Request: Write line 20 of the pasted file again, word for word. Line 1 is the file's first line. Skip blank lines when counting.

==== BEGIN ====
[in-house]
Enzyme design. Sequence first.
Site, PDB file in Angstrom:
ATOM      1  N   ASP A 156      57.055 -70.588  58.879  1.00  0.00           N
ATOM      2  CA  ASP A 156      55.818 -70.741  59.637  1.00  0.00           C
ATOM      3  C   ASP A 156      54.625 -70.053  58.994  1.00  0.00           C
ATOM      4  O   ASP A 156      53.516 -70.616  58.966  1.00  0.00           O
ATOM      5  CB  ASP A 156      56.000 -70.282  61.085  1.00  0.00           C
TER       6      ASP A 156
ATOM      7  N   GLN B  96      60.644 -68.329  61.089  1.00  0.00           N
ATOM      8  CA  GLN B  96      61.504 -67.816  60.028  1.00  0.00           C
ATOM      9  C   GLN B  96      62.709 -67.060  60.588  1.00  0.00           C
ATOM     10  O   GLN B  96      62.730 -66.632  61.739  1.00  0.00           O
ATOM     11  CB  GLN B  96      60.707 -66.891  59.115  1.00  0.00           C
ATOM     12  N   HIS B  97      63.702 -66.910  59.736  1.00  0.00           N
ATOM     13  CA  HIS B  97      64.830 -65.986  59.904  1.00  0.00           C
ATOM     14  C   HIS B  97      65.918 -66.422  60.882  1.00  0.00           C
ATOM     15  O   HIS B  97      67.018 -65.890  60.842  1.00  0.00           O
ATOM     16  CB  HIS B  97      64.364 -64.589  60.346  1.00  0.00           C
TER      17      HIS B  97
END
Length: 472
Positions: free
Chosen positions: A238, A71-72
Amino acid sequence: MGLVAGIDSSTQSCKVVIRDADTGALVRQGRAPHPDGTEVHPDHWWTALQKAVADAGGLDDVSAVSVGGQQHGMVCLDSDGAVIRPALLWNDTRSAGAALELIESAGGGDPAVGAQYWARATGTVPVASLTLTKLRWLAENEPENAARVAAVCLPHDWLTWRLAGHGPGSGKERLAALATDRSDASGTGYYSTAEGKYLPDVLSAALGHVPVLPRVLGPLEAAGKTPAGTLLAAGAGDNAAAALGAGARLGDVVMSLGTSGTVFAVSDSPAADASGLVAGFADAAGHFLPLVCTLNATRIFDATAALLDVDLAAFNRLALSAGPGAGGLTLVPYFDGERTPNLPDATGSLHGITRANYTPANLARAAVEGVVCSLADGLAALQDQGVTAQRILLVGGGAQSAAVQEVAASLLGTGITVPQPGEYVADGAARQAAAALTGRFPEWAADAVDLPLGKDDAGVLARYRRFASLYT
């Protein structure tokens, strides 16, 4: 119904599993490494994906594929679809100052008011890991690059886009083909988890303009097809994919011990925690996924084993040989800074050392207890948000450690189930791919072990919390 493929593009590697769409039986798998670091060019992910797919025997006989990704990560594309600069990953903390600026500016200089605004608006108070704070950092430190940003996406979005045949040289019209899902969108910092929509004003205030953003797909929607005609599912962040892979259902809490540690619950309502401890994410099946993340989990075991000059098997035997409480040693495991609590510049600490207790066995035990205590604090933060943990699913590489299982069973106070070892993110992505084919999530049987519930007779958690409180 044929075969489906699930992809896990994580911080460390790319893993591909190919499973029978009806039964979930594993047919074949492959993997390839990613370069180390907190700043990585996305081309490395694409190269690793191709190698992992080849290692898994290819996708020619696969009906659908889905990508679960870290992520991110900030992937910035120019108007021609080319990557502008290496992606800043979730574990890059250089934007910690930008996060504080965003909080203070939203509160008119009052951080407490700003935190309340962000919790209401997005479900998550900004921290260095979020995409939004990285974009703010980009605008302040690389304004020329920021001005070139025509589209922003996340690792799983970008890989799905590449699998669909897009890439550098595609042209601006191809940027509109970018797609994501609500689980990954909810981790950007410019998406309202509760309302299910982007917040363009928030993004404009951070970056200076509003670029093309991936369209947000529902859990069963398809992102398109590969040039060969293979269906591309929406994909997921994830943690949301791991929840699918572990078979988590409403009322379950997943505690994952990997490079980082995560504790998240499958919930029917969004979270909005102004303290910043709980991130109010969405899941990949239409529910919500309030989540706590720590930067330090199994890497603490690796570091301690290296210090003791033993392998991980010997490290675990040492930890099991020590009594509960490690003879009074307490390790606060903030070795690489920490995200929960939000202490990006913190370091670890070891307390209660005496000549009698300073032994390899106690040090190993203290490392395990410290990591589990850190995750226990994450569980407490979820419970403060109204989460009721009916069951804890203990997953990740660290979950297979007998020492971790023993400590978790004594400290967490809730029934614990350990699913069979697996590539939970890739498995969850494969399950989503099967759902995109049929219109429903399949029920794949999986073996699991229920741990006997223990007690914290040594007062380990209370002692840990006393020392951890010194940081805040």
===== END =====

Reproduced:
TER      17      HIS B  97